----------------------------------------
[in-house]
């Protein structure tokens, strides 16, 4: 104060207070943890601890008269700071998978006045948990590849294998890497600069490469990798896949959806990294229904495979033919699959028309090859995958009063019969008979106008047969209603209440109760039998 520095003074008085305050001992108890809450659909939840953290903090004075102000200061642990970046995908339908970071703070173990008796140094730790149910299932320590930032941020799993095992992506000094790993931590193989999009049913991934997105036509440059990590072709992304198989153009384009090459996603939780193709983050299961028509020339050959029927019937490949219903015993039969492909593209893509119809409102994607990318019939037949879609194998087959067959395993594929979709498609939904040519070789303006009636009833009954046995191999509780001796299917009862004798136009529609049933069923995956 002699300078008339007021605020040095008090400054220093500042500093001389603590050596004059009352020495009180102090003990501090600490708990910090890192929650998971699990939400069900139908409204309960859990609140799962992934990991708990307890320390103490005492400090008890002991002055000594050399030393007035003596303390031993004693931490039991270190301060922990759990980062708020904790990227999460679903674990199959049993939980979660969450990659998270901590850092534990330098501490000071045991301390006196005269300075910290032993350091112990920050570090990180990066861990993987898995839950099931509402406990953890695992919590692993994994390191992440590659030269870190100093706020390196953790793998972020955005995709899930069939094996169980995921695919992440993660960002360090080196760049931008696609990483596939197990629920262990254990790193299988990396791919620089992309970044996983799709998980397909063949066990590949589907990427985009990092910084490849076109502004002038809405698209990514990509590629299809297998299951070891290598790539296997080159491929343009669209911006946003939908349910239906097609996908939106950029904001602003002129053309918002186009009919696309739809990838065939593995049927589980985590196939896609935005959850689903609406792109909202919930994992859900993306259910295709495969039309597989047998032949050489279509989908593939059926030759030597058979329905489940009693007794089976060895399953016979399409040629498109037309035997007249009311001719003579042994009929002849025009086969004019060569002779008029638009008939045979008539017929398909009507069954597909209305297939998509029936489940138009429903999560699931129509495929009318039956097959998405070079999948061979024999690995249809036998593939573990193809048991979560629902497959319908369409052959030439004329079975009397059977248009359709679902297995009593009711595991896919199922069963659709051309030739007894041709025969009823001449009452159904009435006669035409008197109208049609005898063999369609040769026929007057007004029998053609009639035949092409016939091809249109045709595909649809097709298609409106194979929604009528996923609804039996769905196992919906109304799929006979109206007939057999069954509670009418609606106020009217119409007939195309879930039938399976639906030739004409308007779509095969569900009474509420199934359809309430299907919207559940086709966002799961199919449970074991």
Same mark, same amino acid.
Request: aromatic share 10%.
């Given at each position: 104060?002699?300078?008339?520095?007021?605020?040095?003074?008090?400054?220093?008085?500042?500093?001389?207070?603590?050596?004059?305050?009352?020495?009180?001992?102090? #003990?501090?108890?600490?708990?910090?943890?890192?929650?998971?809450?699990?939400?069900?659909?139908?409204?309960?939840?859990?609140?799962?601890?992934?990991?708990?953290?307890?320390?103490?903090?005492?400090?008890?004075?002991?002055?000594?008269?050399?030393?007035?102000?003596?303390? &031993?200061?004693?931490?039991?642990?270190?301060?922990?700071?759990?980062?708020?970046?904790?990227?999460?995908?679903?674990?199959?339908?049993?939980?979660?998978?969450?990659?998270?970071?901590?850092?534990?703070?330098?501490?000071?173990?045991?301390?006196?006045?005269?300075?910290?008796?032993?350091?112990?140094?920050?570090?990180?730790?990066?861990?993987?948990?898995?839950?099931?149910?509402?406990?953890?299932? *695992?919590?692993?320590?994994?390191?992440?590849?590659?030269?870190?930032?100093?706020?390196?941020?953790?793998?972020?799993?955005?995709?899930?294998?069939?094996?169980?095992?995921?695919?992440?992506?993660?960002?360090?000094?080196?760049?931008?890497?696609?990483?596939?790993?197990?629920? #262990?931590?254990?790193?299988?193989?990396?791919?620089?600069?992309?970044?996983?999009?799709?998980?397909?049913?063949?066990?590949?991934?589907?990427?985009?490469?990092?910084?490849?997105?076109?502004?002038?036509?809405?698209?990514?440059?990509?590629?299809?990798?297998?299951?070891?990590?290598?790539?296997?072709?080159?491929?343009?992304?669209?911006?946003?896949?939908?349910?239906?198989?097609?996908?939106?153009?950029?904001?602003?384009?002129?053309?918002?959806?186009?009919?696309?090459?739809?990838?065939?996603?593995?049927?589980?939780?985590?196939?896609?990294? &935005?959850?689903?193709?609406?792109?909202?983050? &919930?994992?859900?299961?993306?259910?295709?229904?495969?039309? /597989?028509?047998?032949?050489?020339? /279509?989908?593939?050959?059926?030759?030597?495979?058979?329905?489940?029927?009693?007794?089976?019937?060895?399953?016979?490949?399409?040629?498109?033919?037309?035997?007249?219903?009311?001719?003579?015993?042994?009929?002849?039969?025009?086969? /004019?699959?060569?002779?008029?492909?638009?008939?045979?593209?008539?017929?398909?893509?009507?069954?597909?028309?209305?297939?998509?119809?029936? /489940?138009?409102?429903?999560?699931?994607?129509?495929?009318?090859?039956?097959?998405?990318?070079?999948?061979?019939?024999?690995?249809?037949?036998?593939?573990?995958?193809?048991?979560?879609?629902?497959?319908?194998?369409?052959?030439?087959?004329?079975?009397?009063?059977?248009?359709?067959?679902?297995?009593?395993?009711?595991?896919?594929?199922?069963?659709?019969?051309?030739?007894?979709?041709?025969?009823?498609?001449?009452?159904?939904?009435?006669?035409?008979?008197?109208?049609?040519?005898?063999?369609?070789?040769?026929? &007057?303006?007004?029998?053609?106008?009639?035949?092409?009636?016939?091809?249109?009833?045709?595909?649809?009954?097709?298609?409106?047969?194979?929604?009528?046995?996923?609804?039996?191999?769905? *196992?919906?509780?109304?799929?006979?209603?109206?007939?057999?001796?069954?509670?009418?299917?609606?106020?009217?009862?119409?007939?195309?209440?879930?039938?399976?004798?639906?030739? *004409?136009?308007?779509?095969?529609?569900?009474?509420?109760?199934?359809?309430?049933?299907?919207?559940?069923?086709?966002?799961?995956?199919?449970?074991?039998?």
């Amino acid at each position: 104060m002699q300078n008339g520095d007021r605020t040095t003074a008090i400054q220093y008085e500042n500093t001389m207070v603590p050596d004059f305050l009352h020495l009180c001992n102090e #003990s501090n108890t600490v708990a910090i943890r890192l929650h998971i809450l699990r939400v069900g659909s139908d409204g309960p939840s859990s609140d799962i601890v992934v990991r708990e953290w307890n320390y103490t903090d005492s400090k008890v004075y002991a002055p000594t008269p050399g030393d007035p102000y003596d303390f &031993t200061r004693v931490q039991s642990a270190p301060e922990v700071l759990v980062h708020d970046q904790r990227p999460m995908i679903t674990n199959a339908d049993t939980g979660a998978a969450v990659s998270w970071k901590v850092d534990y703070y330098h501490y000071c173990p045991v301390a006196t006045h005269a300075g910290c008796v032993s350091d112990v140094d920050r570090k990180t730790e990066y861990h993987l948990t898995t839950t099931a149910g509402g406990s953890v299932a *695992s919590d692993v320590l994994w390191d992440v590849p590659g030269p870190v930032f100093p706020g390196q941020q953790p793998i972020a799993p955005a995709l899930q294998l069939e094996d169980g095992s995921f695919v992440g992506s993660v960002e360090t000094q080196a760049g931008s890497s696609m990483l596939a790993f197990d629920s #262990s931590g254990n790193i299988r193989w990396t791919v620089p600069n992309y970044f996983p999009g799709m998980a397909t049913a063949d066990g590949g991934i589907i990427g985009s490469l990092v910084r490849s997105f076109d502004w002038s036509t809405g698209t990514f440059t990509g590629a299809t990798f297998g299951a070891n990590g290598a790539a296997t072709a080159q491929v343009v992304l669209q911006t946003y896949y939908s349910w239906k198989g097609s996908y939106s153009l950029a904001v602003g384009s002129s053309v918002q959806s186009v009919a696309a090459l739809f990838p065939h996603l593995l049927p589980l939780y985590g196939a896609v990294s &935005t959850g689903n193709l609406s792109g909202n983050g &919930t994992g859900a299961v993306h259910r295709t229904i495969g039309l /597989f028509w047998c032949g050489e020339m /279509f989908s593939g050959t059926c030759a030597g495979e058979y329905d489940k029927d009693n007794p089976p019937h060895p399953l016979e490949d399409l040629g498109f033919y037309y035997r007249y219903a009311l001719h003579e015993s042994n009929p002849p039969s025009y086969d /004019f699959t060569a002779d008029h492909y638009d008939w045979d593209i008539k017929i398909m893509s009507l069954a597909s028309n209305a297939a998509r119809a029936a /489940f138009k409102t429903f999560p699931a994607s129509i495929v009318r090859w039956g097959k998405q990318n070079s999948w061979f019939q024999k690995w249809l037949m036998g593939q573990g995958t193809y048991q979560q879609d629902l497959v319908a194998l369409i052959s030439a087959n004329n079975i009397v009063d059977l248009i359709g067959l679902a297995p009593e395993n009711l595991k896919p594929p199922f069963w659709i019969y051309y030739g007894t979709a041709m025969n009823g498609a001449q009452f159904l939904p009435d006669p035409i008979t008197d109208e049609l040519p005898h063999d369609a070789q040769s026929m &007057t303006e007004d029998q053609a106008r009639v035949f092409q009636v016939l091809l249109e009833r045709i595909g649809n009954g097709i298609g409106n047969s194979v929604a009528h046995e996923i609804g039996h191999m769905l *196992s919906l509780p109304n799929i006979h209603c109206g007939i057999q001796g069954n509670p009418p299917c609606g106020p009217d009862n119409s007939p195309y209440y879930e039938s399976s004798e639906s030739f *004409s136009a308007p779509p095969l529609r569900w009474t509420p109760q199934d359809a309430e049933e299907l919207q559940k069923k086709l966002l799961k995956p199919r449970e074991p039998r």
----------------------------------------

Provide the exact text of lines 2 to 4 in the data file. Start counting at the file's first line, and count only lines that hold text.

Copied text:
């Protein structure tokens, strides 16, 4: 104060207070943890601890008269700071998978006045948990590849294998890497600069490469990798896949959806990294229904495979033919699959028309090859995958009063019969008979106008047969209603209440109760039998 520095003074008085305050001992108890809450659909939840953290903090004075102000200061642990970046995908339908970071703070173990008796140094730790149910299932320590930032941020799993095992992506000094790993931590193989999009049913991934997105036509440059990590072709992304198989153009384009090459996603939780193709983050299961028509020339050959029927019937490949219903015993039969492909593209893509119809409102994607990318019939037949879609194998087959067959395993594929979709498609939904040519070789303006009636009833009954046995191999509780001796299917009862004798136009529609049933069923995956 002699300078008339007021605020040095008090400054220093500042500093001389603590050596004059009352020495009180102090003990501090600490708990910090890192929650998971699990939400069900139908409204309960859990609140799962992934990991708990307890320390103490005492400090008890002991002055000594050399030393007035003596303390031993004693931490039991270190301060922990759990980062708020904790990227999460679903674990199959049993939980979660969450990659998270901590850092534990330098501490000071045991301390006196005269300075910290032993350091112990920050570090990180990066861990993987898995839950099931509402406990953890695992919590692993994994390191992440590659030269870190100093706020390196953790793998972020955005995709899930069939094996169980995921695919992440993660960002360090080196760049931008696609990483596939197990629920262990254990790193299988990396791919620089992309970044996983799709998980397909063949066990590949589907990427985009990092910084490849076109502004002038809405698209990514990509590629299809297998299951070891290598790539296997080159491929343009669209911006946003939908349910239906097609996908939106950029904001602003002129053309918002186009009919696309739809990838065939593995049927589980985590196939896609935005959850689903609406792109909202919930994992859900993306259910295709495969039309597989047998032949050489279509989908593939059926030759030597058979329905489940009693007794089976060895399953016979399409040629498109037309035997007249009311001719003579042994009929002849025009086969004019060569002779008029638009008939045979008539017929398909009507069954597909209305297939998509029936489940138009429903999560699931129509495929009318039956097959998405070079999948061979024999690995249809036998593939573990193809048991979560629902497959319908369409052959030439004329079975009397059977248009359709679902297995009593009711595991896919199922069963659709051309030739007894041709025969009823001449009452159904009435006669035409008197109208049609005898063999369609040769026929007057007004029998053609009639035949092409016939091809249109045709595909649809097709298609409106194979929604009528996923609804039996769905196992919906109304799929006979109206007939057999069954509670009418609606106020009217119409007939195309879930039938399976639906030739004409308007779509095969569900009474509420199934359809309430299907919207559940086709966002799961199919449970074991």
Same mark, same amino acid.
Request: aromatic share 10%.